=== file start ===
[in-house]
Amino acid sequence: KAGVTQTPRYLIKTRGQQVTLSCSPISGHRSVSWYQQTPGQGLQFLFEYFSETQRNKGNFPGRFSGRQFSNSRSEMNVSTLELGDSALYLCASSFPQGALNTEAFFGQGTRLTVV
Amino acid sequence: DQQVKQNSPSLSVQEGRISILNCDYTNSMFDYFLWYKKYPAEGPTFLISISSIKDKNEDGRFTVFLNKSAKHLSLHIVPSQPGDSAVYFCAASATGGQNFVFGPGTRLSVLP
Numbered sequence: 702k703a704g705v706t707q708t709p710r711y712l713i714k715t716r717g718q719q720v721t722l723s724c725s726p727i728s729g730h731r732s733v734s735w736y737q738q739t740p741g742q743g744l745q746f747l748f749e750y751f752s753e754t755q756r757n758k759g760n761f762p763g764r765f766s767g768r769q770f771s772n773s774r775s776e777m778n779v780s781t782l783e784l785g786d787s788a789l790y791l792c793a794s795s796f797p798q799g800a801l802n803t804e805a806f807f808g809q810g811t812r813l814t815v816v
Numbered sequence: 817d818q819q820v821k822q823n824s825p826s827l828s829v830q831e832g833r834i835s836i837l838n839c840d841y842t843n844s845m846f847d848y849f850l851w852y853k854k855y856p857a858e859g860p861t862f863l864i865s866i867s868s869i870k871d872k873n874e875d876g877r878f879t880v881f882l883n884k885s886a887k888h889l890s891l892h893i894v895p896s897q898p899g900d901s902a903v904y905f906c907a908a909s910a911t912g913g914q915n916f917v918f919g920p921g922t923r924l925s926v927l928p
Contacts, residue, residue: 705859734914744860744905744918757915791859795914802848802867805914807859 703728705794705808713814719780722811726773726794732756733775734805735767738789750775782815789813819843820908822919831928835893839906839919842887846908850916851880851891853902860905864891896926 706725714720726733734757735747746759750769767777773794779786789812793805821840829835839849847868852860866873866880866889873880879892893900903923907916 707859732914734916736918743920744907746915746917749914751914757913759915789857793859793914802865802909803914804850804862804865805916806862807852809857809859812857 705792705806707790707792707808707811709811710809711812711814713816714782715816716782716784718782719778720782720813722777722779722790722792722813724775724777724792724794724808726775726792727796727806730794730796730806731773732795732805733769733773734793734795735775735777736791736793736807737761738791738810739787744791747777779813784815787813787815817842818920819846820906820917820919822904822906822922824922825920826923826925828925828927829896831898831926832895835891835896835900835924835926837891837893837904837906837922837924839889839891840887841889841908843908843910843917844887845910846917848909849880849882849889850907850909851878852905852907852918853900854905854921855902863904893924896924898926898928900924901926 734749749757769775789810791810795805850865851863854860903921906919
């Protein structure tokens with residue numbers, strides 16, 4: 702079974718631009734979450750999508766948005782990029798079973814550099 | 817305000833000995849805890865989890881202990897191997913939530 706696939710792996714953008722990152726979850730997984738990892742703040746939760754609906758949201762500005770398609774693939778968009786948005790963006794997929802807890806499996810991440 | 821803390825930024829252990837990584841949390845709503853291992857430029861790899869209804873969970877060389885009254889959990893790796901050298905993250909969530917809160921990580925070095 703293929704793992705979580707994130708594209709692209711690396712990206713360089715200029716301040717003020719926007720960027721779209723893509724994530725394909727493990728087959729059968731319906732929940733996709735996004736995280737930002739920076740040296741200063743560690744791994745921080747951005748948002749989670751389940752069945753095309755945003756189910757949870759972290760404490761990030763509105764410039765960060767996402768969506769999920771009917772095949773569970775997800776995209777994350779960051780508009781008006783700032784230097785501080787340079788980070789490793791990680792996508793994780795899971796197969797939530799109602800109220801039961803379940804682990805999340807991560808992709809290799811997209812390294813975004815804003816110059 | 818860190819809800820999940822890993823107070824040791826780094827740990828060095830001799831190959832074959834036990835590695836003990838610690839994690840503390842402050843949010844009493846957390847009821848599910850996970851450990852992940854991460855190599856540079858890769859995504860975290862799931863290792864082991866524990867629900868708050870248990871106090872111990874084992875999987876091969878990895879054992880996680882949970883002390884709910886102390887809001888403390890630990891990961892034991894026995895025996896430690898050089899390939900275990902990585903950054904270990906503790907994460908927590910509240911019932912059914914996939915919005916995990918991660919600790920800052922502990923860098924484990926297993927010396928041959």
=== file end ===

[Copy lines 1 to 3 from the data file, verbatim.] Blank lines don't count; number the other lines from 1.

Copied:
[in-house]
Amino acid sequence: KAGVTQTPRYLIKTRGQQVTLSCSPISGHRSVSWYQQTPGQGLQFLFEYFSETQRNKGNFPGRFSGRQFSNSRSEMNVSTLELGDSALYLCASSFPQGALNTEAFFGQGTRLTVV
Amino acid sequence: DQQVKQNSPSLSVQEGRISILNCDYTNSMFDYFLWYKKYPAEGPTFLISISSIKDKNEDGRFTVFLNKSAKHLSLHIVPSQPGDSAVYFCAASATGGQNFVFGPGTRLSVLP